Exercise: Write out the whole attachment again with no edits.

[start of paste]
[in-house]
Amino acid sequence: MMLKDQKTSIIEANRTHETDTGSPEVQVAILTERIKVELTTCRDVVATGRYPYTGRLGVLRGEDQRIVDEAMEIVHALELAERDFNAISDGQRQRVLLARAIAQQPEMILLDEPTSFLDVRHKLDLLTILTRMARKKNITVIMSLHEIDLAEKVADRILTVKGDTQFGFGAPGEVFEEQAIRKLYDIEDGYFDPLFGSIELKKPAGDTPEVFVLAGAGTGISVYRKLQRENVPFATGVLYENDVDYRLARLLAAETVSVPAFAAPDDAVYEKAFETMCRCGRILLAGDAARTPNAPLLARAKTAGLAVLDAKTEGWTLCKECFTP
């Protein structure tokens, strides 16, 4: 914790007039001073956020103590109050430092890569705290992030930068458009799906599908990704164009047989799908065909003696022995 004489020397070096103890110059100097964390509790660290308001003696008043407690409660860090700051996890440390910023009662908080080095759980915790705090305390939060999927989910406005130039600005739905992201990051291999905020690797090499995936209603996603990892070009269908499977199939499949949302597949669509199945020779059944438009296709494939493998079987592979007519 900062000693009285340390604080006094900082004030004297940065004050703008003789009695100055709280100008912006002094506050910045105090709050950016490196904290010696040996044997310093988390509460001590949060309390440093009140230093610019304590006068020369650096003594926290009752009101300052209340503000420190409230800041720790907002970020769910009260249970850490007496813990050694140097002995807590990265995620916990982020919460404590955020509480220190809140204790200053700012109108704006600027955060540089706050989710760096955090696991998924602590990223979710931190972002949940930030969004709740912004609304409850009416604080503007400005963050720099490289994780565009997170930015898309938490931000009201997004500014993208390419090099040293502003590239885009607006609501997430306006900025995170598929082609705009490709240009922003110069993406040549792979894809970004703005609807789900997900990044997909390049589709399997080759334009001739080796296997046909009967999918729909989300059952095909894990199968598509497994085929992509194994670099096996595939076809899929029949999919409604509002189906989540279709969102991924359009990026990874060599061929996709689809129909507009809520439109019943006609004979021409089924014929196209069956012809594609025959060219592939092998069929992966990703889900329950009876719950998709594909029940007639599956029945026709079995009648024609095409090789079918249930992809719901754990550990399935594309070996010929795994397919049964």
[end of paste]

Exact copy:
[in-house]
Amino acid sequence: MMLKDQKTSIIEANRTHETDTGSPEVQVAILTERIKVELTTCRDVVATGRYPYTGRLGVLRGEDQRIVDEAMEIVHALELAERDFNAISDGQRQRVLLARAIAQQPEMILLDEPTSFLDVRHKLDLLTILTRMARKKNITVIMSLHEIDLAEKVADRILTVKGDTQFGFGAPGEVFEEQAIRKLYDIEDGYFDPLFGSIELKKPAGDTPEVFVLAGAGTGISVYRKLQRENVPFATGVLYENDVDYRLARLLAAETVSVPAFAAPDDAVYEKAFETMCRCGRILLAGDAARTPNAPLLARAKTAGLAVLDAKTEGWTLCKECFTP
């Protein structure tokens, strides 16, 4: 914790007039001073956020103590109050430092890569705290992030930068458009799906599908990704164009047989799908065909003696022995 004489020397070096103890110059100097964390509790660290308001003696008043407690409660860090700051996890440390910023009662908080080095759980915790705090305390939060999927989910406005130039600005739905992201990051291999905020690797090499995936209603996603990892070009269908499977199939499949949302597949669509199945020779059944438009296709494939493998079987592979007519 900062000693009285340390604080006094900082004030004297940065004050703008003789009695100055709280100008912006002094506050910045105090709050950016490196904290010696040996044997310093988390509460001590949060309390440093009140230093610019304590006068020369650096003594926290009752009101300052209340503000420190409230800041720790907002970020769910009260249970850490007496813990050694140097002995807590990265995620916990982020919460404590955020509480220190809140204790200053700012109108704006600027955060540089706050989710760096955090696991998924602590990223979710931190972002949940930030969004709740912004609304409850009416604080503007400005963050720099490289994780565009997170930015898309938490931000009201997004500014993208390419090099040293502003590239885009607006609501997430306006900025995170598929082609705009490709240009922003110069993406040549792979894809970004703005609807789900997900990044997909390049589709399997080759334009001739080796296997046909009967999918729909989300059952095909894990199968598509497994085929992509194994670099096996595939076809899929029949999919409604509002189906989540279709969102991924359009990026990874060599061929996709689809129909507009809520439109019943006609004979021409089924014929196209069956012809594609025959060219592939092998069929992966990703889900329950009876719950998709594909029940007639599956029945026709079995009648024609095409090789079918249930992809719901754990550990399935594309070996010929795994397919049964």